Revisiting Blonde on Blonde
You forget this music for a while but then
somebody mentions the album in an aside,
and you feel compelled to find it and relisten.
The voice and guitar are from other times:
when you first bought and played the record,
and when it was made. The music lurches
along, an awkward blues behind a downer song,
insistent in its misery, relentless in its drive
towards the next track, where a harmonica
cries and the backbeat is jaunty, hung
on sprightly bass and simple drums. Snare
and rimshot duet, the song rises and falls,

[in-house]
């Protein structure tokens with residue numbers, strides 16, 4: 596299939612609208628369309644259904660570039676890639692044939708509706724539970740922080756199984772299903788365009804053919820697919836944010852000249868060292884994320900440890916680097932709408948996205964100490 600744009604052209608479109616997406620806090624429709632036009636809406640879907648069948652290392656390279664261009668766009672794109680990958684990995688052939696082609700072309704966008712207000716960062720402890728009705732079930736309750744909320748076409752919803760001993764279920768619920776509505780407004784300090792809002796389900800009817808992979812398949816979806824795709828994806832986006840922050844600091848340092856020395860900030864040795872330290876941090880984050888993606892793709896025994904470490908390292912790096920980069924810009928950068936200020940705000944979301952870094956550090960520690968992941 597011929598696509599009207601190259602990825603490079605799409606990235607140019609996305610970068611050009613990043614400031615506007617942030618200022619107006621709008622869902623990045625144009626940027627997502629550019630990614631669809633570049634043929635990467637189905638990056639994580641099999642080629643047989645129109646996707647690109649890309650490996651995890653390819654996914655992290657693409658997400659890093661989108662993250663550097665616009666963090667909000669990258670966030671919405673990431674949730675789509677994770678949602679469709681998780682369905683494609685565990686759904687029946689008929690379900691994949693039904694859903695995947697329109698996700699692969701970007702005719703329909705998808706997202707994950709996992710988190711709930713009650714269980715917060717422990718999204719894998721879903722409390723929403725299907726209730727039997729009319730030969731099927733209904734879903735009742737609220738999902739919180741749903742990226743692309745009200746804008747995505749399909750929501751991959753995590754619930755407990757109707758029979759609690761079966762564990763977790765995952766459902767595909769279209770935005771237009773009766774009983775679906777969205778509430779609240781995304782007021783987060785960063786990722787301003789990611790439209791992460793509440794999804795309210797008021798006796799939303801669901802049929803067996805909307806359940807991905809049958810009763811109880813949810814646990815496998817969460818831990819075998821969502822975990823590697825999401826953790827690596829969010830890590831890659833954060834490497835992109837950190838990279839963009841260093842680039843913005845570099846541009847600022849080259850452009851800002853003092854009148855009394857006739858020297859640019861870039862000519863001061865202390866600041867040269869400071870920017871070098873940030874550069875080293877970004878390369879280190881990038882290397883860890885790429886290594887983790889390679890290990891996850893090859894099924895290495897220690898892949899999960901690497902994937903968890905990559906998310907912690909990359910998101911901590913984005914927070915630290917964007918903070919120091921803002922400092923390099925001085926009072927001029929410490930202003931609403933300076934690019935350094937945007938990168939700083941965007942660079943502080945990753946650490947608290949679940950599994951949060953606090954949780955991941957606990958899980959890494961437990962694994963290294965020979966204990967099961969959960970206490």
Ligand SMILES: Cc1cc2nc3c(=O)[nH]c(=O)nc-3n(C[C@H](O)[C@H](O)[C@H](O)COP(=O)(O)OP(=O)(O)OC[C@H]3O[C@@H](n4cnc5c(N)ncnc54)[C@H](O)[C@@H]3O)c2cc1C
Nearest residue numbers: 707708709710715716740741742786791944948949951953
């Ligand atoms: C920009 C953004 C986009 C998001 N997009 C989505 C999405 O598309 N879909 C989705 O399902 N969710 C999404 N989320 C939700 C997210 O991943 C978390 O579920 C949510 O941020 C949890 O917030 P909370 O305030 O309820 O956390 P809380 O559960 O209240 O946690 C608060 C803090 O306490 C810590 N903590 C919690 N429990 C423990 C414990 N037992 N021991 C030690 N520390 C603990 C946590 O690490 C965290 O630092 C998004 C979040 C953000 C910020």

wrapping the whine in muffled cotton wool,
cushioning an electric guitar as it exercises
itself in a solo, low in the mix. The singer
dominates; it is his album and he is the star.
He takes himself seriously and wants you to
do the same, needs you to obviously believe.
© Rupert M Loydell
as I said, when you write something as memorable as Dylan, feel free to slag him off…Comment by Kevin McCann on 12 June, 2021 at 10:52 am
Does the author of this badly constructed, amateurish drivel expect to be taken seriously? That is the real question here.Comment by Mick Slade on 14 June, 2021 at 3:01 pm